Minister Ulstein: For years, there has been a complex emergency in Mali. The ongoing conflict and a series of natural disasters have led to an education crisis with 285 000 out-of-school children. The Malian Government made it clear that the provision of education is severely affected by the ongoing crisis and that there are substantial unmet needs in this area. The majority of out-of-school children are in the Mopti region, where ECW recently began its first response interventions.
It was important for me to visit Mopti together with ECW’s Executive Director Yasmine Sherif, to learn more about the education situation for children and youth in this region. Listening to the stories of children who had been forced to leave their homes was a real eye-opener. It was evident that education plays an incredibly important role in their lives.
ECW: Despite some progress and increased funding by strategic donors and partners to support education aid in recent years, we are still off-track to ensure quality and inclusive education for every child by 2030, as stated by Sustainable Development Goal 4. How can we turn the tide and deliver learning opportunities to the millions of children and youth enduring armed conflicts, disasters and forced displacement?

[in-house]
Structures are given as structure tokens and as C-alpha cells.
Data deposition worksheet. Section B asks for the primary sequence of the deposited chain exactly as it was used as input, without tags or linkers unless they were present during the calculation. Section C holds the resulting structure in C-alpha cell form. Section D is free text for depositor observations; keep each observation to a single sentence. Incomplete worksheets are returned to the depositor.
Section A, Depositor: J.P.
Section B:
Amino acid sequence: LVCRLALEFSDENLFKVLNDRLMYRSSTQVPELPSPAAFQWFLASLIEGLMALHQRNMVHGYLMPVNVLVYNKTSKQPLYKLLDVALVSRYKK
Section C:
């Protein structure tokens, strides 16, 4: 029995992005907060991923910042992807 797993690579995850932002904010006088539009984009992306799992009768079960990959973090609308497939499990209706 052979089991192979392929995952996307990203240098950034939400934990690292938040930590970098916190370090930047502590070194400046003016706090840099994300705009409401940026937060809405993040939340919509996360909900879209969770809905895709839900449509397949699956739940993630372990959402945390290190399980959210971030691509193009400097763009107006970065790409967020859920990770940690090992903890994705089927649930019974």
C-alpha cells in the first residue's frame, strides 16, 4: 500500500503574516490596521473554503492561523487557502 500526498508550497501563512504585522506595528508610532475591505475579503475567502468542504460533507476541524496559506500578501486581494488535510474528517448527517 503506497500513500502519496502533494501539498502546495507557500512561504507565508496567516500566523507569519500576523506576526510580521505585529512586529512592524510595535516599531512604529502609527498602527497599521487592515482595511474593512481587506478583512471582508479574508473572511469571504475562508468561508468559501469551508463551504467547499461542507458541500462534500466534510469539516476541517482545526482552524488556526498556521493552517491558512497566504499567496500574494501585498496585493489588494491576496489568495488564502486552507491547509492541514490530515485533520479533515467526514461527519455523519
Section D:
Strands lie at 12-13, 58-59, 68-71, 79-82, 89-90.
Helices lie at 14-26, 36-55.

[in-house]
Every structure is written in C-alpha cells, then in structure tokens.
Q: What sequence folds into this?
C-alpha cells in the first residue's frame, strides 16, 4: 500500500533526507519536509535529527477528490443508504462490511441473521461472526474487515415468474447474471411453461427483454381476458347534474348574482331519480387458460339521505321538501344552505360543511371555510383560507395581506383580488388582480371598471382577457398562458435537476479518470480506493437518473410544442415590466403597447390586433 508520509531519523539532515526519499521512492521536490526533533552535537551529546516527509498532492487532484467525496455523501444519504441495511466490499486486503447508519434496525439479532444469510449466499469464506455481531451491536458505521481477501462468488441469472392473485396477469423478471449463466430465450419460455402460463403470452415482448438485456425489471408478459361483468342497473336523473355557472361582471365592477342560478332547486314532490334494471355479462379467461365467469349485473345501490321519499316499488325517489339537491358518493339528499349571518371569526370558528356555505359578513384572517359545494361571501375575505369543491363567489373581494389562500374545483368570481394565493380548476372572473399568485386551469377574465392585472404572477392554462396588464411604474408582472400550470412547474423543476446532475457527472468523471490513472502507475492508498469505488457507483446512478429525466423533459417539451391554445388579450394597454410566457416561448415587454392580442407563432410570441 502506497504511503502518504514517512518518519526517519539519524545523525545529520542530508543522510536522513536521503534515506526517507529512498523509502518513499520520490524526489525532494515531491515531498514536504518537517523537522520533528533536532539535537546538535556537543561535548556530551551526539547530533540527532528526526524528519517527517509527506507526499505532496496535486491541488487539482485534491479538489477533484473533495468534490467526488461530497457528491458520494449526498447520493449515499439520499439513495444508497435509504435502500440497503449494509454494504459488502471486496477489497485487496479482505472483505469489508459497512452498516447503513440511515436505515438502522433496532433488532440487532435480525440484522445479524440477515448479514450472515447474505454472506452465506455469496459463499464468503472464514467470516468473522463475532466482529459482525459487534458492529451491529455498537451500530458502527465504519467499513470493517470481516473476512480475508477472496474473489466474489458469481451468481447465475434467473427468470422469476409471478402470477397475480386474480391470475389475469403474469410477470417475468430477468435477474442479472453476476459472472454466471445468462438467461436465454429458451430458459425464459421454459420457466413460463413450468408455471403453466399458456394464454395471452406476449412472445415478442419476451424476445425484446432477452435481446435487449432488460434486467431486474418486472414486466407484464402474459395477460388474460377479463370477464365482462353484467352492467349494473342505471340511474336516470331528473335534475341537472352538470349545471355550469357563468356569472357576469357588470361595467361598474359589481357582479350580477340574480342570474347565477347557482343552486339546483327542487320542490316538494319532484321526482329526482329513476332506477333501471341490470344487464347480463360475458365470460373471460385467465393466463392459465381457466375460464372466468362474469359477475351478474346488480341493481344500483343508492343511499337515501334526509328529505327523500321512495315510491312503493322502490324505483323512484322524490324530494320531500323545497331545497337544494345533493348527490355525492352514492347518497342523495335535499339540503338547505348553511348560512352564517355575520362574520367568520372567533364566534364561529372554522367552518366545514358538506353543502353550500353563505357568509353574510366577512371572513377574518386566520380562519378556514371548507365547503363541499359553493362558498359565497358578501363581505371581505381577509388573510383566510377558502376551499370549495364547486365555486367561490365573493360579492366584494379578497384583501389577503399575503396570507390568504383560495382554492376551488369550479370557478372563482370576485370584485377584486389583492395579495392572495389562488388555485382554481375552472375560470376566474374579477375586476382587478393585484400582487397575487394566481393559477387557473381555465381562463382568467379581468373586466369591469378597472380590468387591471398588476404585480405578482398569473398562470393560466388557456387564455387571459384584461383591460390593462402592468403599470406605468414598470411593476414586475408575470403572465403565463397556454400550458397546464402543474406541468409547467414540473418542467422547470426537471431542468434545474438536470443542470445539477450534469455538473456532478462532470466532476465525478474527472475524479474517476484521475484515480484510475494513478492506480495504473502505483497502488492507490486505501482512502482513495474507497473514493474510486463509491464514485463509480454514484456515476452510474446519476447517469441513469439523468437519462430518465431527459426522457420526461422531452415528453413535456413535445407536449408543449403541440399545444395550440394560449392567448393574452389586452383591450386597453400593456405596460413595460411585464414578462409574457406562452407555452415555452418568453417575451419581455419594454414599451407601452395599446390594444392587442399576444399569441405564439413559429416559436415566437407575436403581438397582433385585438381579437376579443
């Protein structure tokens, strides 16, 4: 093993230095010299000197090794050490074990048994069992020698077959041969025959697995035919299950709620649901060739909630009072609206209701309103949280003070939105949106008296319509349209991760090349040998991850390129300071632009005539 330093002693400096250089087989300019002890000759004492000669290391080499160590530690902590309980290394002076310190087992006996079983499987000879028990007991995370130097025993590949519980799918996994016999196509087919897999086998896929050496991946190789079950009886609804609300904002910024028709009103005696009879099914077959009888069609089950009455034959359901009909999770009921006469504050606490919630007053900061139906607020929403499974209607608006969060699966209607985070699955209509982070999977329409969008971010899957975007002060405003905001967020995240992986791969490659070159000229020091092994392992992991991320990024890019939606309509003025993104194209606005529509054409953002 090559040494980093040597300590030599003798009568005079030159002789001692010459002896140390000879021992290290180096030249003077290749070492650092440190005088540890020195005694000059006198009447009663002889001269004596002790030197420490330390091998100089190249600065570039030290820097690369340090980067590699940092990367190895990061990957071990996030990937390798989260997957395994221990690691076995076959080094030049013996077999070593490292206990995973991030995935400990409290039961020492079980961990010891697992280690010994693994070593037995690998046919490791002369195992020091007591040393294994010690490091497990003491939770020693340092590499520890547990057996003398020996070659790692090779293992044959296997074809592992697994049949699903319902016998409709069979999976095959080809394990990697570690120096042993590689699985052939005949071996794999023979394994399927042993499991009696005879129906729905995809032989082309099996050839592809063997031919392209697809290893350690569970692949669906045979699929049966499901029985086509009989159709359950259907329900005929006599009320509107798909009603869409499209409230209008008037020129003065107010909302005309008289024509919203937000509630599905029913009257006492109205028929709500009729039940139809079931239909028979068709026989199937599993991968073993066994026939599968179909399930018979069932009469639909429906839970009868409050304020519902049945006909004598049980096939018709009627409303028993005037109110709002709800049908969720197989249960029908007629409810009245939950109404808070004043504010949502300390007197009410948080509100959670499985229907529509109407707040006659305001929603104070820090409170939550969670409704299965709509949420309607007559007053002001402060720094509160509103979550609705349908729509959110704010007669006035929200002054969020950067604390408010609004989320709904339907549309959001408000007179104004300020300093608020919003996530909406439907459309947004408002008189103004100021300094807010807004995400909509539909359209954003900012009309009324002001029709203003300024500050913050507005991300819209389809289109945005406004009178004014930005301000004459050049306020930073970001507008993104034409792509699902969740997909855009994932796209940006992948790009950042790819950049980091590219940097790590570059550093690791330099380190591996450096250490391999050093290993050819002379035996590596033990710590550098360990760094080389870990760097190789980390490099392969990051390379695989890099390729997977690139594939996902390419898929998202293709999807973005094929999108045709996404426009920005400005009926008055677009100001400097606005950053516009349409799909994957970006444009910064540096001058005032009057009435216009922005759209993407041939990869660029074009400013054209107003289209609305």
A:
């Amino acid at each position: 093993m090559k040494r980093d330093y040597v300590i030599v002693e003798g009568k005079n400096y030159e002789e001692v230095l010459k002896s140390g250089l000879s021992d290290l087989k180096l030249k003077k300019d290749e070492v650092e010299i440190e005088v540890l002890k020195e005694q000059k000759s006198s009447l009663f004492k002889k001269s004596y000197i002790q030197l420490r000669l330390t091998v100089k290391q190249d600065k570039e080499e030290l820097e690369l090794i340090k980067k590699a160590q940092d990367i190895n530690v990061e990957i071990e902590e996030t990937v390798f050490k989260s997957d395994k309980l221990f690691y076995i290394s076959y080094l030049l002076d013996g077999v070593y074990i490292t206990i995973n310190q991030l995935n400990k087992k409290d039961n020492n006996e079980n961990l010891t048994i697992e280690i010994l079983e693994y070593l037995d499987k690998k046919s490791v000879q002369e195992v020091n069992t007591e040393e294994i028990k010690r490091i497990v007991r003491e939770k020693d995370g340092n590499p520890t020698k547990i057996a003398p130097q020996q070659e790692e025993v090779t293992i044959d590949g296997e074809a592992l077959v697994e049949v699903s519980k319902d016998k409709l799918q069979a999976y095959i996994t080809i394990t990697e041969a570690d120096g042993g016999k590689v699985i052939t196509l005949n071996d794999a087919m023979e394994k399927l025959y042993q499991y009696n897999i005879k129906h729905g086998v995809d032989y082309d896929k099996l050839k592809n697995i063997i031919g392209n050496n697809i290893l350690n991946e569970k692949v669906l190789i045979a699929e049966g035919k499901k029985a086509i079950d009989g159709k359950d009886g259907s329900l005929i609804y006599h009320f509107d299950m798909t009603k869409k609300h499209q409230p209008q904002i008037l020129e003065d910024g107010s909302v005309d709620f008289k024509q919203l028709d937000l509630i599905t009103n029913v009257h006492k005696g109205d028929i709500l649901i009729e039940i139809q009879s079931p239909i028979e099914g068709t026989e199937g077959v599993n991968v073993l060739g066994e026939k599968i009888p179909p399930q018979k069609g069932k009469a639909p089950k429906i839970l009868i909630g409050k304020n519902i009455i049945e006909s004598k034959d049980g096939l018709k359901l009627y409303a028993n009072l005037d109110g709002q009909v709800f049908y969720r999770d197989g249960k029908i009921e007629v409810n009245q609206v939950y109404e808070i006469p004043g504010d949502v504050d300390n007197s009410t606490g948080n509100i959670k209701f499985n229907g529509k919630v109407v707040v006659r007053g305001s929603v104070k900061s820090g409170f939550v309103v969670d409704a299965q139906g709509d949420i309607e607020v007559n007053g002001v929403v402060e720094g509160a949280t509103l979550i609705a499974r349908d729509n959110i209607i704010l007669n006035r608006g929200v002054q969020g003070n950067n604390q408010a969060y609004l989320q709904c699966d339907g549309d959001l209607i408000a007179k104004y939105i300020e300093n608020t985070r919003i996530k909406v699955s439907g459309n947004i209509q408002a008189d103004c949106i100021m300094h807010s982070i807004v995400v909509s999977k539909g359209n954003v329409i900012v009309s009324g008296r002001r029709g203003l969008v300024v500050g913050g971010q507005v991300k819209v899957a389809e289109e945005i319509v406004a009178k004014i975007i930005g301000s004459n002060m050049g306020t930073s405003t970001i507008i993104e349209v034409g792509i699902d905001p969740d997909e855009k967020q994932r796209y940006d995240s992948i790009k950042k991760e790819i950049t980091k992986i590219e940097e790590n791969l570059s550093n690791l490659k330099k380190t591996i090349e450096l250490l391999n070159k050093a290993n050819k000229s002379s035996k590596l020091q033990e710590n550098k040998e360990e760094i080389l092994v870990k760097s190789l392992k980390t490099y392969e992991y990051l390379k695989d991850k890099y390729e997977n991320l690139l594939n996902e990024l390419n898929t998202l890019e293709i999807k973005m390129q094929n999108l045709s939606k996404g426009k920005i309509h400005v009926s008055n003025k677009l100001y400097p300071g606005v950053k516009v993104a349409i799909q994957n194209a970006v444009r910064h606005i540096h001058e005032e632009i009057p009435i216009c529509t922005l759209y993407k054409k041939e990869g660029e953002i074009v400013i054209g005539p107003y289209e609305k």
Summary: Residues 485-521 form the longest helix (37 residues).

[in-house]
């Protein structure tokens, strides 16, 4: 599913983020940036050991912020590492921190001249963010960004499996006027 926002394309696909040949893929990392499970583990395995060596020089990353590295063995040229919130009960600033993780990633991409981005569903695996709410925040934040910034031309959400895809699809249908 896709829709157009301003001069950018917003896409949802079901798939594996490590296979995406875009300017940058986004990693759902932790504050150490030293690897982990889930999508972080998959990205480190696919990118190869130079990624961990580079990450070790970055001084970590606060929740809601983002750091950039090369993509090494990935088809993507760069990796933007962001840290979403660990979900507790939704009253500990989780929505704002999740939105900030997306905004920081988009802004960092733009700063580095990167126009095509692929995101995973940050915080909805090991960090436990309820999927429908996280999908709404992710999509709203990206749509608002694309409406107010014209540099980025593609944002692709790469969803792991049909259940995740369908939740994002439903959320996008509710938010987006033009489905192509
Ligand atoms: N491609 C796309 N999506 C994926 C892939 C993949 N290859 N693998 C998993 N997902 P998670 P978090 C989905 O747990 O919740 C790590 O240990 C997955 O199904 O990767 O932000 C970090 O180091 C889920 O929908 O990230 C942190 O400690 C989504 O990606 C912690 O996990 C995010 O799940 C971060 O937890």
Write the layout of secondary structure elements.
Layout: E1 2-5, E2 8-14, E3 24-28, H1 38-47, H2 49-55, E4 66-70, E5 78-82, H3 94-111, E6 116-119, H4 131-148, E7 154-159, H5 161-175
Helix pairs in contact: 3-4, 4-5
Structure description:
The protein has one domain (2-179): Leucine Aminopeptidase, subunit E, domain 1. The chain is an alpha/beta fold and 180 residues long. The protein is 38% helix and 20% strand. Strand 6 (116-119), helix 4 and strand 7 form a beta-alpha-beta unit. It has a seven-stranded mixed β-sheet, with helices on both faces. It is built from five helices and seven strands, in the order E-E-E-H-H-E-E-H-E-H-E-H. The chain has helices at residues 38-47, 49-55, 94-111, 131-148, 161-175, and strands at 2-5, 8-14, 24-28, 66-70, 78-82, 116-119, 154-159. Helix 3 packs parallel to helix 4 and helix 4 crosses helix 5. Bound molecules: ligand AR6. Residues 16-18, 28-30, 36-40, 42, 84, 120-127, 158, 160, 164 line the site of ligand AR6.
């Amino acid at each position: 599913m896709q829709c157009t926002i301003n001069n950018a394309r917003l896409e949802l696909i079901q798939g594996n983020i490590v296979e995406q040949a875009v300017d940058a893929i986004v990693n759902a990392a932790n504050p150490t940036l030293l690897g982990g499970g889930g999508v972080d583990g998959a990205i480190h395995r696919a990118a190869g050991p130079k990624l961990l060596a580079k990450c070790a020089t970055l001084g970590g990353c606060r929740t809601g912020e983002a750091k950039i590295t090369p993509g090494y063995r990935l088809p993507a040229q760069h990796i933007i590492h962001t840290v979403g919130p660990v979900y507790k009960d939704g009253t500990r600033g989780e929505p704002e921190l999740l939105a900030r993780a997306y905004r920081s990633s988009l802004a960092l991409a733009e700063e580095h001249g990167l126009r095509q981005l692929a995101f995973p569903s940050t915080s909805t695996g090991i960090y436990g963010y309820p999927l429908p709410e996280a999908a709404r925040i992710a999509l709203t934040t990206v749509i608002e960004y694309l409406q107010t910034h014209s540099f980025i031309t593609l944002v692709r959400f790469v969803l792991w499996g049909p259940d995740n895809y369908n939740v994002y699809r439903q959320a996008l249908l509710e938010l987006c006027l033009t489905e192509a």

Minister Ulstein: SDG 4 is a promise of quality education for all. We will not be able to reach SDG 4 by 2030 unless we increase our efforts to reach children and youth in crisis and conflict situations. While we have many challenges ahead of us, we can see that education has become a greater priority in emergency response. Education efforts are not only about reaching SDG 4, but are also a vehicle for reaching other SDGs and are closely linked to efforts to meet other humanitarian needs. My impression is that awareness of these interlinkages has increased in recent years.
ECW has played a key role in this shift by putting education in emergencies at the top of the agenda. It has mobilised substantial funding and presents new and promising ways of delivering education in emergencies. ECW’s programmes offer predictable and flexible funding, and promote a better coordinated and more holistic education response. At the same time, achieving SDG 4 is a national responsibility and it is therefore important that education aid, including ECW’s programmes, support governments’ work in this area.
ECW: You took office at the beginning of the year as Norway’s Minister of International Development. How much of a priority is education in Norway’s international aid efforts? What are your key priorities, in particular for the education sector?